So we all know that President Obama is talking about some type of Health Care reform in America. I can tell you from years of representing those injured in car accidents, here in Raleigh and across the state of North Carolina, that we need some type of health care reform. The folks that need coverage the most often can not get it. And small businesses (even law firms) see their premiums rise EVERY YEAR. My health insurance premiums for my firm have gone up nearly 10% every year for the past 8 years.
So as part of the political debate, Obama is talking about changing health insurance, but he is also talking about medical malpractice reform. Some of my fellow trial lawyers are getting stirred up because we don't think that extending coverage of health care ought to also limit an injured person's access to justice.
Here are some links which discuss Obama's comments in the last few days:
Obama Talks Up Liability Reform
In Pitch to AMA, Obama Paints Mixed Picture
Cost Concerns as Obama Pushes Health Issue
New York Times
Obama Calls Cost of Healthcare a Threat to Economy
Chicago Tribune/LA Times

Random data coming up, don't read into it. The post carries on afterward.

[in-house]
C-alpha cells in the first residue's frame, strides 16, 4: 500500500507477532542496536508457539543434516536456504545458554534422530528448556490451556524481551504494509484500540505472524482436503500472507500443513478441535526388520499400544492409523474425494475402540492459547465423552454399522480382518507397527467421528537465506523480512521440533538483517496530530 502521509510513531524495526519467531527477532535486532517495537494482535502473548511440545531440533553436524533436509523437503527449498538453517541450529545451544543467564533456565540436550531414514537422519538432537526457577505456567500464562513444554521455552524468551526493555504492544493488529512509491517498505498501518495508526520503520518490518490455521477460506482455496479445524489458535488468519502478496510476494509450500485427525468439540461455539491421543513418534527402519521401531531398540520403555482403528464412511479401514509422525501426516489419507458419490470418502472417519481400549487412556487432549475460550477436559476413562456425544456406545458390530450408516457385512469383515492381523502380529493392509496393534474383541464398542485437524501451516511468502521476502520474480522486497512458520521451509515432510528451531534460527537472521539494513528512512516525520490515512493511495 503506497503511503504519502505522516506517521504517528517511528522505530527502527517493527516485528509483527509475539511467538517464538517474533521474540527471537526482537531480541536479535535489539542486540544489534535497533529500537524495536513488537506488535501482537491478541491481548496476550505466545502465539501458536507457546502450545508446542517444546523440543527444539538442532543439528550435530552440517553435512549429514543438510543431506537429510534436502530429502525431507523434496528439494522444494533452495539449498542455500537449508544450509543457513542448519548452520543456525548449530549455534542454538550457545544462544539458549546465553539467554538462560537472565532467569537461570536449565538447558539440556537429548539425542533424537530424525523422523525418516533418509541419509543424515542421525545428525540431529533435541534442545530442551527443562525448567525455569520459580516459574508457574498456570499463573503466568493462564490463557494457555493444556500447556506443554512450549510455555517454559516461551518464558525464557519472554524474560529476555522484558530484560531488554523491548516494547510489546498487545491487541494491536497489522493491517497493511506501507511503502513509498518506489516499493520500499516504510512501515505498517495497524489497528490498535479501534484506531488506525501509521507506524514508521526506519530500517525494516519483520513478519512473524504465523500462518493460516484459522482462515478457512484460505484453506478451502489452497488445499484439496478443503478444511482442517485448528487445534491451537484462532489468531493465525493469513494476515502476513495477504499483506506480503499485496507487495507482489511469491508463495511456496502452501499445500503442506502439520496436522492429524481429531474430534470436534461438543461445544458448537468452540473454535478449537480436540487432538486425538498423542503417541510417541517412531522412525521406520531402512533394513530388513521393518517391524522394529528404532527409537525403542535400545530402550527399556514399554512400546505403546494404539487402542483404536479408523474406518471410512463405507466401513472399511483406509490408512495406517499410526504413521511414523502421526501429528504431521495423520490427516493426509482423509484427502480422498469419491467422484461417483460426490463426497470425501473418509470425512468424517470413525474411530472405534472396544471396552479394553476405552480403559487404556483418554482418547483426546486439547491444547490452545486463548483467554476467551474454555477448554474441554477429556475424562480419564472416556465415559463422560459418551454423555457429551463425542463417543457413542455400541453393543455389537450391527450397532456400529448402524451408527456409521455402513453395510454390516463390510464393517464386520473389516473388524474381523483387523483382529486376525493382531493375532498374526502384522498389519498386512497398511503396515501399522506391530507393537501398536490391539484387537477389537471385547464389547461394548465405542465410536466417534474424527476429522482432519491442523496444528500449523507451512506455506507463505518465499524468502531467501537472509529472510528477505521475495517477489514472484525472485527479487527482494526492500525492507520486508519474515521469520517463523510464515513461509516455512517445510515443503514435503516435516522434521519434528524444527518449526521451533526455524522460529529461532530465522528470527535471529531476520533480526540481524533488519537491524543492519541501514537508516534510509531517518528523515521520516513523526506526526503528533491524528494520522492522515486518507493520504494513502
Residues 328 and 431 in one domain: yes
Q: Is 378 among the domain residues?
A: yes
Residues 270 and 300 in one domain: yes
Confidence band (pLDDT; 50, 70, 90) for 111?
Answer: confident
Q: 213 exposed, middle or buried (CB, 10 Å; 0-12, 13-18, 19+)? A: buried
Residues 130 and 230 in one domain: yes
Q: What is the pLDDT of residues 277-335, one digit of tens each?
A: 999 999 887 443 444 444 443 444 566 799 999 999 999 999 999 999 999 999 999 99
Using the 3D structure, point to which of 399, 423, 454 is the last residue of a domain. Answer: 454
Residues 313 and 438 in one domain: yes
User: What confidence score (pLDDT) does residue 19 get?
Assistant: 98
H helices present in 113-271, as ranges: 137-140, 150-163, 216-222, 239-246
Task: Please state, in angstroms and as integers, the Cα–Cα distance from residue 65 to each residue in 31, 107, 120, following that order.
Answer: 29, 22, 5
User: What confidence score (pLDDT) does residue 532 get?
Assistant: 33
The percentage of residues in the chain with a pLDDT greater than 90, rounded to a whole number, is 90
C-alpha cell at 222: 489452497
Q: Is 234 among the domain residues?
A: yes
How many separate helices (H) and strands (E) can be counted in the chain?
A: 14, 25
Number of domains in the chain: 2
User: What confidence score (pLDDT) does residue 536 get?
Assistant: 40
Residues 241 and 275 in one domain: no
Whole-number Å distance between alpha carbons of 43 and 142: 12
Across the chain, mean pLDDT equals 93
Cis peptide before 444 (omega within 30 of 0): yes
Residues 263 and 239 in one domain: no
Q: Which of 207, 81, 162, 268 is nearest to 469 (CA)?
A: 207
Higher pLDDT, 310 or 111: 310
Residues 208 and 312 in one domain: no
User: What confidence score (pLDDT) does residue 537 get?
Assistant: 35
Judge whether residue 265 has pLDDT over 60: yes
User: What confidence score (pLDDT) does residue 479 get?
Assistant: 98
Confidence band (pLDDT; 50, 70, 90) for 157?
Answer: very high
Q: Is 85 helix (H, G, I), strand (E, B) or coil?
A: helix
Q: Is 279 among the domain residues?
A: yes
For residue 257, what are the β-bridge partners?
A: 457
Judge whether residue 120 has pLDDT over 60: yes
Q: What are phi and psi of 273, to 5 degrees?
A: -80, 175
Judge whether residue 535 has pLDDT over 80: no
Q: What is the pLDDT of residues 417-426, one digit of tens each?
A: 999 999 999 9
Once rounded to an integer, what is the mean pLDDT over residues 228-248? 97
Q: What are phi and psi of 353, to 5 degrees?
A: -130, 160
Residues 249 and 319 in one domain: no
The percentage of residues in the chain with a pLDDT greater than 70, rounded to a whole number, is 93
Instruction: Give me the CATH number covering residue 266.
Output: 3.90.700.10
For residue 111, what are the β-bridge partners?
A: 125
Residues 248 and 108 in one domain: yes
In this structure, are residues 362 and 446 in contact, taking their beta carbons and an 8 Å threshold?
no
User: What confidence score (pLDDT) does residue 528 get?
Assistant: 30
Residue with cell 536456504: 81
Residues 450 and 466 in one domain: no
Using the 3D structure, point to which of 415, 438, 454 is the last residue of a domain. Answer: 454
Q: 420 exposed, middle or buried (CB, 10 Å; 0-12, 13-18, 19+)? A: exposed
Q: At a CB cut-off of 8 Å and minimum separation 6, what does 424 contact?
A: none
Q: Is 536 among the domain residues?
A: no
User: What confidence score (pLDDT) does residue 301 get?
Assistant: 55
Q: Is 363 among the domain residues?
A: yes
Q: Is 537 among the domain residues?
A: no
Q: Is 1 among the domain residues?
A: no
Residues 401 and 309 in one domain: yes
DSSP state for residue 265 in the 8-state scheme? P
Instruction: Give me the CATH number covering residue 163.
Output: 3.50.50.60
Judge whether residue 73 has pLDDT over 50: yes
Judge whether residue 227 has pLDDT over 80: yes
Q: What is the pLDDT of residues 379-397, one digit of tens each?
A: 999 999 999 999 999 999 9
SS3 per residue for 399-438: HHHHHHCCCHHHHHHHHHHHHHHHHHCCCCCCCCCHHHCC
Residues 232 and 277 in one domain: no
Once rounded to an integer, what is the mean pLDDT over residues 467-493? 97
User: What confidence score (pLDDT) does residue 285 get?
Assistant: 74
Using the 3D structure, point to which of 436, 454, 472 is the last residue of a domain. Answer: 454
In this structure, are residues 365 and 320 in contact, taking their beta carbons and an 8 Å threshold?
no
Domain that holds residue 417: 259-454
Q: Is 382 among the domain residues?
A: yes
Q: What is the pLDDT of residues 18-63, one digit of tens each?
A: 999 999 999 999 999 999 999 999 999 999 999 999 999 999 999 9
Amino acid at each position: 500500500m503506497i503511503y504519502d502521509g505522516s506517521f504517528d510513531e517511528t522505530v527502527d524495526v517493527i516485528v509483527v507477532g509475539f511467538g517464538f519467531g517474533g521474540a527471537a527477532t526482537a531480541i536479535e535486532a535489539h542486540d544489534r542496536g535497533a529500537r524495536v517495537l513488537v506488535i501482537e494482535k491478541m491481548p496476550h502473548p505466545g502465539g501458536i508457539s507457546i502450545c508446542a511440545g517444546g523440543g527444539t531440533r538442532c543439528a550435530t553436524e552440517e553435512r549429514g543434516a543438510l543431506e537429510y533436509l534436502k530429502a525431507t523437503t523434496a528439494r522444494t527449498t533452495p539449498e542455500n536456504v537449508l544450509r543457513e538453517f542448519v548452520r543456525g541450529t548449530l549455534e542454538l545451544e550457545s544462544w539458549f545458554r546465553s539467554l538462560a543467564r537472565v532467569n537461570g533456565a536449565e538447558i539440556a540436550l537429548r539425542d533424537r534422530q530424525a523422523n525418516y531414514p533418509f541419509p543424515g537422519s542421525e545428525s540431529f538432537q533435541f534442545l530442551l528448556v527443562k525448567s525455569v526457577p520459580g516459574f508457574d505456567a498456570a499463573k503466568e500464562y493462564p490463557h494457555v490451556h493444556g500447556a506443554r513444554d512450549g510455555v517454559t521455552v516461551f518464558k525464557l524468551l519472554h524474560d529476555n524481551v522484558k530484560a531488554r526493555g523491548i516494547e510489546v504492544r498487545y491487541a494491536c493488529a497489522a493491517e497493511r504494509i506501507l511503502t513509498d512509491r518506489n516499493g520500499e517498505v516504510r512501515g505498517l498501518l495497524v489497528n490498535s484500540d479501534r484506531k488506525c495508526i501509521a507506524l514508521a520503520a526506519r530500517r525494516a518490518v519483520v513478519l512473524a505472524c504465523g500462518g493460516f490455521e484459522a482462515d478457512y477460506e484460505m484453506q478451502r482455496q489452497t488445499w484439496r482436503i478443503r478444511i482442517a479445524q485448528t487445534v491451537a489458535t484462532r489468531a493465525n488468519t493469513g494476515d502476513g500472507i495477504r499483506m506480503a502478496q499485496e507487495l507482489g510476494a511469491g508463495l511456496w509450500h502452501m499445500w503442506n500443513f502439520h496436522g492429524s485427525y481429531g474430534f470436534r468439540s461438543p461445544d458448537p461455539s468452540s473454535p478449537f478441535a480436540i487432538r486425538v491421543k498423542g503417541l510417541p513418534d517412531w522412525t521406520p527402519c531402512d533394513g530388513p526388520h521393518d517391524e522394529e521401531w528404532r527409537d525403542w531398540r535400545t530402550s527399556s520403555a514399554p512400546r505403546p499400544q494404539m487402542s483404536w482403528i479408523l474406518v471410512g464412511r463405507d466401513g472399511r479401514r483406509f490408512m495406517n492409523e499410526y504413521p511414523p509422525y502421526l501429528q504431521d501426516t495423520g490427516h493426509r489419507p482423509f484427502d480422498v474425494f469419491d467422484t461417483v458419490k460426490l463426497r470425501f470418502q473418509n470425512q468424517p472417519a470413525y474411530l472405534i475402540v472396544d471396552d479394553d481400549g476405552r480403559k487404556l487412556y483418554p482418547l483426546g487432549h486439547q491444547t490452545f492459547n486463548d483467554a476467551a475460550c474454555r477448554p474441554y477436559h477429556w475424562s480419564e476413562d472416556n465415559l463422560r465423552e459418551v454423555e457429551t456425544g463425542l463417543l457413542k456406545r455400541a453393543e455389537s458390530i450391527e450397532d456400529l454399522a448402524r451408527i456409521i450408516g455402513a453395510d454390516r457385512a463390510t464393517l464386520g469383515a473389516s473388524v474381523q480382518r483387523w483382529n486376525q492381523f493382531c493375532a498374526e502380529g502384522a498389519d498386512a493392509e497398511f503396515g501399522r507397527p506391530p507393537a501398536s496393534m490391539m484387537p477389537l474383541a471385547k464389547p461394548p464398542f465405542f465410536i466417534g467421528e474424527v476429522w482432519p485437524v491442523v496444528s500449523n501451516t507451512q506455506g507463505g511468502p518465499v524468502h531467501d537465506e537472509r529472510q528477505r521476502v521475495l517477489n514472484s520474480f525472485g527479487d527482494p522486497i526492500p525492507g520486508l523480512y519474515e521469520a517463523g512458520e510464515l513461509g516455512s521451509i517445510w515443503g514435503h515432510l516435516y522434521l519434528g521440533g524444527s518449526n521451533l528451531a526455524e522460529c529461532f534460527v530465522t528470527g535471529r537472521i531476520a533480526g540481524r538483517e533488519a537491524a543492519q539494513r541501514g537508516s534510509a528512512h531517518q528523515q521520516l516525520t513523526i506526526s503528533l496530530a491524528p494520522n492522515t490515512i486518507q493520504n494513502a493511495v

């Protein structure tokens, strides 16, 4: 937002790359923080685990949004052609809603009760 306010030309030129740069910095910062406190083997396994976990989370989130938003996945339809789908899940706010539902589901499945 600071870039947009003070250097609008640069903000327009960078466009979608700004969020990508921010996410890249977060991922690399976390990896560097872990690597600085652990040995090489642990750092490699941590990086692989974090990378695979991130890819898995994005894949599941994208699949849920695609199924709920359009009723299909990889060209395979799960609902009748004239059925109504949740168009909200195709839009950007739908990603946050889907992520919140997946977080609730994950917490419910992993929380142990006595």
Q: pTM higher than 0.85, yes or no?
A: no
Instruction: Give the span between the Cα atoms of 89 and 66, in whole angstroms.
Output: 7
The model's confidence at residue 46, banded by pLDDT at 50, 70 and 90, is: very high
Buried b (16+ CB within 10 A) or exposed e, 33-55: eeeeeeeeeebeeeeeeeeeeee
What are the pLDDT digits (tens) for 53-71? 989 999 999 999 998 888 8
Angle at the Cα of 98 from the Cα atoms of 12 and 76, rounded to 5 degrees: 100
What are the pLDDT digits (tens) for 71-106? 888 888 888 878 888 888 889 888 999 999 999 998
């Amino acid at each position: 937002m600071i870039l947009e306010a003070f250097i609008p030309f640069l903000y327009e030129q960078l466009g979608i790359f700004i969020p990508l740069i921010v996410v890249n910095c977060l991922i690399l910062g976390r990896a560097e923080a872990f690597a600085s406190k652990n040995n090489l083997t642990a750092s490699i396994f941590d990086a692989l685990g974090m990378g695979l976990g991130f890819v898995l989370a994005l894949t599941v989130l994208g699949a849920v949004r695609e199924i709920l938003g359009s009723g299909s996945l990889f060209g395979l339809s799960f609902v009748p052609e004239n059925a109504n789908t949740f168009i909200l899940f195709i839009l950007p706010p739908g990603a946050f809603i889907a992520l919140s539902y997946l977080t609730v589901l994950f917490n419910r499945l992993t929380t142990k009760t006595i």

I tend to agree with the gist of the Politico article: Obama has to keep all options on the table and speak in terms that ever player in the debate feels are near and dear to their interests.
I think the debate will be rational, and because of that I think that the data which show that very little of the overall cost of health care has anything to do with malpractice lawsuits will not be ignored. There are things that can be done to decrease the cost of lawsuits. Call it reform or not, that's up to you.
I commonly request that each side to a malpractice suit be limited in the number of expert witnesses who can be used on a certain subject. Almost universally the lawyers for the Doctors will not voluntarily limit the number of expert witnesses. This increases the costs to defend these suits. There is one liability reform I'm fine with implementing.